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A need to know basis: Amazon

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A need to know basis: Amazon

Graphic designed by Marianna Bacallao.

Graphic designed by Marianna Bacallao.

Graphic designed by Marianna Bacallao.

Graphic designed by Marianna Bacallao.

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Amazon has come under fire recently for the alleged poor treatment of its workers. Sen. Bernie Sanders and Ro Khanna have proposed a bill to address working conditions  — the Stop Bad Employers by Zeroing Out Subsidies (Stop BEZOS) Act. The act riffs off of the name of Jeff Bezos, Amazon’s CEO.

Despite its name, Sanders spokesman Josh Miller-Lewis said that they are not targeting Amazon specifically.

“Jeff Bezos is the wealthiest person in the history of the world, and Amazon… is a $1 trillion company,” Miller-Lewis said. “They are the perfect example of the inequality and greed that exists in America today.”

The Stop BEZOS Act would make large corporations — 500 employees or more — pay taxes equivalent to the money their employees receive from federal aid.

When a company offers low wages for full-time jobs, their workers often have to rely on government aid to fully support themselves and their families. This means that companies don’t have to pay their workers a livable wage, because the slack is picked up by taxpayers. This act could change that.  

Since Amazon was established in 1994, Bezos has accrued a net worth of $161.6 billion, according to Forbes, while the median Amazon employee salary is $28,000 a year. Bezos makes that much in 8.93 seconds, according to TIME magazine.  

UK journalist James Bloodworth went undercover to test the working conditions of several large corporations, Amazon among them. During his time working in an Amazon warehouse, he found that workers were forced to urinate in bottles because of timed bathroom breaks.

Injuries on the job were common as well, and workers were penalized for asking for time off, even if the absence was requested well in advance.

These reasons are what led Amazon workers in Europe to go on strike this summer, during Prime Day.   

“It’s the sheer oppressiveness of management regime there,” Bloodworth told Business Insider. “It’s the most oppressive place I had ever worked, easily.”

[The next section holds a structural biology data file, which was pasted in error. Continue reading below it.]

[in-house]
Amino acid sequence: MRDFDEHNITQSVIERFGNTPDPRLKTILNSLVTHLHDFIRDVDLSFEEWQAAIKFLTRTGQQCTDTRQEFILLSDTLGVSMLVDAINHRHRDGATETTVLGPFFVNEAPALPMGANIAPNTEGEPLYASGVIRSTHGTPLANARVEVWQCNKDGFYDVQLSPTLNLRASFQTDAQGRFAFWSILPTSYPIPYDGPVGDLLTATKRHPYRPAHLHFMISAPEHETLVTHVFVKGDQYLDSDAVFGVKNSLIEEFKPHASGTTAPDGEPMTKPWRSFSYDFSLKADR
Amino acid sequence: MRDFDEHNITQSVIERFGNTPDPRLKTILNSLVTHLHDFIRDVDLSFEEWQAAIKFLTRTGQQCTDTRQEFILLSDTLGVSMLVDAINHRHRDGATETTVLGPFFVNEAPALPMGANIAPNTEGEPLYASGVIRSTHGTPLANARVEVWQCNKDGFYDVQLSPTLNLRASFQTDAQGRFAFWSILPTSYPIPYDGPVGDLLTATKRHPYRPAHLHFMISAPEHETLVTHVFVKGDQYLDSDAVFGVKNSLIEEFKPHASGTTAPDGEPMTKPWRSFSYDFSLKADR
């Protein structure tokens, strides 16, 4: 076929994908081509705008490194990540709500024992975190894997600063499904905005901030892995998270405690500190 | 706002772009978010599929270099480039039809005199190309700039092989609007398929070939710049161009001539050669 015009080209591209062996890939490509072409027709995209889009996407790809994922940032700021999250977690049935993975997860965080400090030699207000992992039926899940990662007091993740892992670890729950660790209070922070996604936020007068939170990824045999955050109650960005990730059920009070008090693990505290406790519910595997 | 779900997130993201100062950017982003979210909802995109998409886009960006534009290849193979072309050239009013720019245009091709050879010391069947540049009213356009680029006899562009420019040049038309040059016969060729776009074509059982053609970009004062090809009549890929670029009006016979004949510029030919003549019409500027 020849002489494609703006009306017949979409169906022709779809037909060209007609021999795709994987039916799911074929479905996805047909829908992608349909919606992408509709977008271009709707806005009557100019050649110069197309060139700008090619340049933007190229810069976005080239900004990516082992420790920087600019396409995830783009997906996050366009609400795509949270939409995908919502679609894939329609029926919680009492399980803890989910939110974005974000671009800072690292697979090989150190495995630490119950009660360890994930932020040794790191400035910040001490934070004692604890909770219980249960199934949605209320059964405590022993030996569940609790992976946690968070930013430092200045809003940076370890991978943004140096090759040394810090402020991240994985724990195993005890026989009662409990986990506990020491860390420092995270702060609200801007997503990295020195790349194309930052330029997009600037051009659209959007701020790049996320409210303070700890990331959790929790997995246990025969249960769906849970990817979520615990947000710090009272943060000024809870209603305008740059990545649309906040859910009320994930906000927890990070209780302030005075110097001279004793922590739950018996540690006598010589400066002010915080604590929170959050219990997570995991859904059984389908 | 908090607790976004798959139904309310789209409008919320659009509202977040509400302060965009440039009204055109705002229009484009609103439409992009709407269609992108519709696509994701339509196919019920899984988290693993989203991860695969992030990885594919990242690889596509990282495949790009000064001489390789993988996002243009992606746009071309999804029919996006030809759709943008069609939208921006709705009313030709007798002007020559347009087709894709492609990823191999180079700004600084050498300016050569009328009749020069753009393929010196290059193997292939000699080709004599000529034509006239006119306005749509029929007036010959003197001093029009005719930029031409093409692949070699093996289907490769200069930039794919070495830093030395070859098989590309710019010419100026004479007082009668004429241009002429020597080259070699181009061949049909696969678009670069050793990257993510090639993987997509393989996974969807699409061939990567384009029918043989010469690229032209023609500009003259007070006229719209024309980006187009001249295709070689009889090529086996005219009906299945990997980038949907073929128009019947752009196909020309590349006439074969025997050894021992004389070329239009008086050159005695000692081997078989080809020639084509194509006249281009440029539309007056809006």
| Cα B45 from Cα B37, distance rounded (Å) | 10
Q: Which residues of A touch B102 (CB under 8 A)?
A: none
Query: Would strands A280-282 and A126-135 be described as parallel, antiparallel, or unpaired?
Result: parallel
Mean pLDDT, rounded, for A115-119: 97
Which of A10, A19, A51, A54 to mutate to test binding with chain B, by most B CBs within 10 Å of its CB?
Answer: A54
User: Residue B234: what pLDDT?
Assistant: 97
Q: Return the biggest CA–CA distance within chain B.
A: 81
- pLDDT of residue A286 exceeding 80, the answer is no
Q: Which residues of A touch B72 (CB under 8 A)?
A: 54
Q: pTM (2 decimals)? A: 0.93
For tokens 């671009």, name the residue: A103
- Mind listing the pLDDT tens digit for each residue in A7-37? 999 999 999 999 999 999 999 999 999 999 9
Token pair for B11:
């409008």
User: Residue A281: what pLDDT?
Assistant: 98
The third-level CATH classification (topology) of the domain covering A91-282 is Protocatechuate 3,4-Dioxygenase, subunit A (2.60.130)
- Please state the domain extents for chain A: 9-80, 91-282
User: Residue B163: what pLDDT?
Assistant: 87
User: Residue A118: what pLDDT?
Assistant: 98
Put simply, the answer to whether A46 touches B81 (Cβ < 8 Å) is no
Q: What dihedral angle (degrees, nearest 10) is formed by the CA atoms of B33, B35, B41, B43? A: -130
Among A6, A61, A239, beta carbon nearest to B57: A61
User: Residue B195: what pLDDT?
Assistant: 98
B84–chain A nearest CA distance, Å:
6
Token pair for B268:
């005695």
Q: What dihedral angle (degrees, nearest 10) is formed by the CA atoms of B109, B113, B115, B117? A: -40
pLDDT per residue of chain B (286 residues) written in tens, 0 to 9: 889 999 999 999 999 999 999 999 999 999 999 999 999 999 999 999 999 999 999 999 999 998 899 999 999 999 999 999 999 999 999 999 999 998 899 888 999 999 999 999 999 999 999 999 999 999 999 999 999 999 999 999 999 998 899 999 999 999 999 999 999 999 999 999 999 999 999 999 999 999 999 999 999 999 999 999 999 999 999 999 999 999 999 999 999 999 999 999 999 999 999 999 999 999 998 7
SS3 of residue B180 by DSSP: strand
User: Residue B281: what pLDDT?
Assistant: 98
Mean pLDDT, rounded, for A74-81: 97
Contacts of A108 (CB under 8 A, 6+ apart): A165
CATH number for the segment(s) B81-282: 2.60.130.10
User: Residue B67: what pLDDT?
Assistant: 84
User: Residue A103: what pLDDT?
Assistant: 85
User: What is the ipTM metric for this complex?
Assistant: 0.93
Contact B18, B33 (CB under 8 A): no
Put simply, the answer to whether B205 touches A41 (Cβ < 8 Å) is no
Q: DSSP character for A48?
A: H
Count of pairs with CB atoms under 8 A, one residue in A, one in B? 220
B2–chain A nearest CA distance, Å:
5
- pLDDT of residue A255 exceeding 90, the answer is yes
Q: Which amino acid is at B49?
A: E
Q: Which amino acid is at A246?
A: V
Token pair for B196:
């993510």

His experiences have been chronicled in his book “Hired: Six Months Undercover in Low-Wage Britain,” which is available for purchase on Amazon, ironically enough.

Bezos doesn’t seem too concerned with all of the bad press.

After he purchased the Washington Post in 2013, the publication still continued to write critical articles about Bezos’ business practices. The Prime Day strike in Europe didn’t hurt their sales, and neither did the coverage of police violently breaking up the strikes, according to the Chicago Tribune.

While bad press hasn’t had a big impact on Amazon’s stock and profits so far, the company has begun paying workers to defend them on Twitter, according to the Washington Times.

Sanders’ Stop BEZOS Act would be one of the first legislative measures against the megacorporations of the 21st century, but the economics behind the act itself has been met with controversy.

Some speculate that companies would find easy loopholes around Sanders’ act. Instead of paying for their employees welfare, they would stop hiring workers with more expensive welfare — workers with families that arguably need work the most. Medicaid for workers over the age of 45 is twice the price of younger workers, according to the Centers for Medicare and Medicaid Services.

The Stop BEZOS Act, as it is now, is unlikely to pass with a Republican-dominated Senate, but with the midterm elections coming up this November, that could change.      

 

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